Awakening sleeping dragons

[Ensco DS6, Epeus archive]

As drilling contractors look to awaken their deep-sea drilling monsters, can they learn a lesson from The Hobbit?


Oil and gas are back in demand. After the 2014 price crash, utilization of offshore drilling rigs tumbled to around 57% of the total available fleet. Rigs were scrapped and many ‘stacked’, preserved in a state of hibernation for more than half a decade. But now, as oil prices hit new highs, offshore drilling rig reactivation is back on the agenda of field operators and drilling contractors alike.

With the economics in their favour again, field operators want to get cracking with exploration or production campaigns, while financially weakened drilling contractors desperately need to get back to steady revenues. To meet an operator’s overall campaign schedule, both parties need the rigs ready to operate safely and efficiently from the get-go.

With 43% of the available fleet sitting idle, it should be a buyer’s market for rigs, which puts the heat on the drilling contractors. However, winning work in a competitive market isn’t all about the lowest day-rate. In a volatile and cyclical oil-price regime, time is a major driver.

Demands of ‘When will it be ready?’ or ‘We really need it by…’ put pressure on the drilling contractors to commit to a drill-ready date early, even before all scope-of-work data is available and analyzed. Recent reactivation benchmark data is thin on the ground, especially for long-stacked units, since rigs haven’t been reactivated on a scale that would provide reliable rule-of-thumb data. Historically, though, reactivation estimates have been overly optimistic.

The perils of overconfidence

Tolkien fans will remember Smaug, the wily old dragon who wakes from a long slumber, ready to terrorize Middle-earth again. His overconfidence leaves him exposed, thanks to a crucial area of vulnerability that causes his downfall. Three main reasons explain why reactivation projects are also subject to vulnerability.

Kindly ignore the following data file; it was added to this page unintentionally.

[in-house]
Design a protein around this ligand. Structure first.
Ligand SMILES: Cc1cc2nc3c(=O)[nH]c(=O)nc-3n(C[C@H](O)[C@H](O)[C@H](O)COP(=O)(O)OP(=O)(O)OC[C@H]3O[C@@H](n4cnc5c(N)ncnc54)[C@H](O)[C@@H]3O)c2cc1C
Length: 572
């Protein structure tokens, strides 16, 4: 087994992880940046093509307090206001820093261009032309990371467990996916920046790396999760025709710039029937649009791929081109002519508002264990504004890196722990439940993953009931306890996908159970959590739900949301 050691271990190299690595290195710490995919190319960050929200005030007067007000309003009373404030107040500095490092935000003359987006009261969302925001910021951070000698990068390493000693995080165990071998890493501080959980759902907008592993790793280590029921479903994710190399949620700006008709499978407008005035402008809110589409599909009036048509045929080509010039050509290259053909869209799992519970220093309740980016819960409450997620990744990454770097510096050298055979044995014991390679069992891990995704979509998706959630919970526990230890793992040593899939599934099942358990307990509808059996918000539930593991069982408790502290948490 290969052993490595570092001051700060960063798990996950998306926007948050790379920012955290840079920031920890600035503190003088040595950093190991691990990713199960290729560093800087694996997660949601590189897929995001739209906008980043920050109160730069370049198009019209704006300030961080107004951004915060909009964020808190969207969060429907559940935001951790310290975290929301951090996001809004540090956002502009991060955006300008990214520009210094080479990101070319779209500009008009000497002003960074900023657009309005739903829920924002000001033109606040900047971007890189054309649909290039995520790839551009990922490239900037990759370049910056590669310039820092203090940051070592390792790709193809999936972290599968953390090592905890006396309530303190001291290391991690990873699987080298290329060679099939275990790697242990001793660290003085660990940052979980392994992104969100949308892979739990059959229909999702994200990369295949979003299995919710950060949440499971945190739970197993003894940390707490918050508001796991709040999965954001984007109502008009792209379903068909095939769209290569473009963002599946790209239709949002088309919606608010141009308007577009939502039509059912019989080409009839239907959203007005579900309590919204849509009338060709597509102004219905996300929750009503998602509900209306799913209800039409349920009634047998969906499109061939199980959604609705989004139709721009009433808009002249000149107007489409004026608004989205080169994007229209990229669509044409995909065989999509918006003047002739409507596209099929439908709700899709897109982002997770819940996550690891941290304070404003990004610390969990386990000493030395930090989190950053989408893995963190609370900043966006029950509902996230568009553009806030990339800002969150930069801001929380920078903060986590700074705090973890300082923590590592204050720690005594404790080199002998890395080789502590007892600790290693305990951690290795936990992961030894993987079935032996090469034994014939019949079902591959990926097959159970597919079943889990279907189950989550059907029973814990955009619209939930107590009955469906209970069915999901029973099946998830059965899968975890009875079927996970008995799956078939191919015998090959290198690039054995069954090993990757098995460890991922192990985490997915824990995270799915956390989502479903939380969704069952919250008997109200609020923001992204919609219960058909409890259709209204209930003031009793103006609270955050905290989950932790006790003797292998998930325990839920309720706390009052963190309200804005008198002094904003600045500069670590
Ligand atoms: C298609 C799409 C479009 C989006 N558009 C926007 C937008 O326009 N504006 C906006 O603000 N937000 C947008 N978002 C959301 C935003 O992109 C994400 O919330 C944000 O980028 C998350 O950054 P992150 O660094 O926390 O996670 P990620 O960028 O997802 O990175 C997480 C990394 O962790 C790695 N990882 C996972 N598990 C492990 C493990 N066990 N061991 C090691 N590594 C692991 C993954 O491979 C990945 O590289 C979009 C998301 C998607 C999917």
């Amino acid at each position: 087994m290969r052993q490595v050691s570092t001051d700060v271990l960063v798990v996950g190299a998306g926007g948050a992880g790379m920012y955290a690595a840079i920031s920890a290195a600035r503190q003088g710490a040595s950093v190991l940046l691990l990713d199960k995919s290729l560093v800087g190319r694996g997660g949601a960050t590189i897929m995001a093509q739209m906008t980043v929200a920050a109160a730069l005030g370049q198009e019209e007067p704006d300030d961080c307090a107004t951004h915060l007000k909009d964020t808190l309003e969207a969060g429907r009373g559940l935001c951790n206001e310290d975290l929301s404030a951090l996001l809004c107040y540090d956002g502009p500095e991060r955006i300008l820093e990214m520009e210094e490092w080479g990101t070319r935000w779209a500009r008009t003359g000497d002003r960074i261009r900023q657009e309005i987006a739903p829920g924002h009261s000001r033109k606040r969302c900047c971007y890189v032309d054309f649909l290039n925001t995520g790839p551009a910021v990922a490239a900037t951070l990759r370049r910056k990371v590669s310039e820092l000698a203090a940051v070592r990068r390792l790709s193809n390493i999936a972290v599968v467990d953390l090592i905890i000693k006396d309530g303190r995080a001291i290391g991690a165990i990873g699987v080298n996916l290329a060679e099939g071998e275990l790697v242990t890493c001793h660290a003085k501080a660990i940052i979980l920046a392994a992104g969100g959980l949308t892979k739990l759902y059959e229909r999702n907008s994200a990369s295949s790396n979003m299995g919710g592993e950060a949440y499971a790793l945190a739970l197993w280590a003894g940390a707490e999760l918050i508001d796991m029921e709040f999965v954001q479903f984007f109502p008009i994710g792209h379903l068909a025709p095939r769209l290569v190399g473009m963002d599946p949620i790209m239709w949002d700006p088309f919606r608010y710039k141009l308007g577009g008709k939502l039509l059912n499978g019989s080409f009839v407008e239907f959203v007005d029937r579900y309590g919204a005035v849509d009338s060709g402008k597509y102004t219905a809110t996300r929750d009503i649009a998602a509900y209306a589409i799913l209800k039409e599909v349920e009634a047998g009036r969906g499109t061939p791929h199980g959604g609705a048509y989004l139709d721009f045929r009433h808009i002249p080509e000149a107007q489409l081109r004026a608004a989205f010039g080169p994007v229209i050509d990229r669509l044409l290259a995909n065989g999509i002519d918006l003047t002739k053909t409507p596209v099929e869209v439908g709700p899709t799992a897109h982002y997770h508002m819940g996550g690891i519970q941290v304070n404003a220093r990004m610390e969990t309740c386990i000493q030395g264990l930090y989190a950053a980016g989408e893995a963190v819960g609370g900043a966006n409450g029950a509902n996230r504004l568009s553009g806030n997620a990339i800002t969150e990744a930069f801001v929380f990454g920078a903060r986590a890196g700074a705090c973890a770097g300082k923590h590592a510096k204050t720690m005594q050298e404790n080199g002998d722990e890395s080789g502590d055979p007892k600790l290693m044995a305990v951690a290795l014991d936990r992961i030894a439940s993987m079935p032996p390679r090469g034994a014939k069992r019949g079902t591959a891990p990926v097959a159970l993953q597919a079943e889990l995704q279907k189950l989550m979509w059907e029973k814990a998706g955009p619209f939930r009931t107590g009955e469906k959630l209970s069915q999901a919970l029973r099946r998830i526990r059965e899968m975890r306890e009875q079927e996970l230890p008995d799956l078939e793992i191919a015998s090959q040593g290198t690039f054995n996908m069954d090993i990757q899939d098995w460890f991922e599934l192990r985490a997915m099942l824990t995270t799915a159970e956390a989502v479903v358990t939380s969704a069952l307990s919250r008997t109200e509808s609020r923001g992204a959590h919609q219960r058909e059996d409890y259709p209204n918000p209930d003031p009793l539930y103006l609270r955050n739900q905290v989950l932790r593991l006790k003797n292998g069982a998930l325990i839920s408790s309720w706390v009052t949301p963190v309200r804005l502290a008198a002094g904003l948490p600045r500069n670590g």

Start with uncertainty. Too little is known about the scope and the level of degradation of equipment and systems caused by a long out-of-service period. Success means equipment and systems, rig operations personnel, and the drilling operations processes all need to be working harmoniously right at the point of starting operations.

Second, when faced with such a challenge, the project team may be tempted to defer to the attending classification society surveyor and/or the field operator’s rig inspectors to provide a list of requirements or spot defective equipment. Letting others dictate the scope and pace is risky, as scope requirements are only fully revealed as you go, making the team’s approach reactive rather than planned and controlled.

Finally, the severe and prolonged downturn has seen the loss of capability and competence throughout this sector of upstream oil and gas. Without acknowledging these ravages, optimism bias creeps into estimates, fuelling overconfidence in one’s own team’s abilities.

[Dragon, SarahRichterArt, on]

Gaining the treasure

Drilling contractors report earnings quarterly, forecasting those earnings to the stock market in advance. If a project overruns, the contractor not only takes a hit from lost earnings and increased mobilization costs, their share price is often also detrimentally affected. These risks make reactivations like trying to get the treasure without waking the dragon.

On a rig restart, project teams typically inherit a budget and schedule with a delivery date based on incomplete information. Scope creep and delays create a breeding ground for ‘heroic endeavour’, where increasing demand on resources results in a daily firefight just to maintain slow progress.

This approach might get one reactivation project over the line, but the teams will run out of steam if it becomes the norm. Overconfidence when estimating cost and time—and not recognizing and properly dealing with areas of vulnerability—increase the likelihood of the project succumbing to the same fate as Tolkien’s Smaug. For too many, unfortunately, the fatal arrow in the belly is more or less self-inflicted after an unmitigated risk rears its head.

Where’s the happy ending?

We devised a rig start/intake plan that can meet both the field operator’s and drilling contractor’s needs. The off-the-shelf outline, born of numerous rig-start campaigns, allows you to map the territory quickly. We then populate it with the specific needs of the project, identifying known risks that are likely to materialize. This plan enables the drilling operator to demonstrate to the field operator that all bases have been covered, including theirs.

Rather than a culture that simply hands over responsibility to the other side, all parties are now involved and aligned to the same goal, creating a much more joined-up approach. Which you need because, ultimately, not having a rig ready when promised hurts everyone involved. With our mapping tools and experience, you can have a plan to get ‘drill ready’ before you can say ‘Bilbo Baggins’.


Can we help you?

Our Foresight and Oversight services are designed to help you deliver project success, even if the process is sometimes uncomfortable.

For a clearer view on your project’s challenge level and your team’s capability, try our self-appraisal software: Project Horizons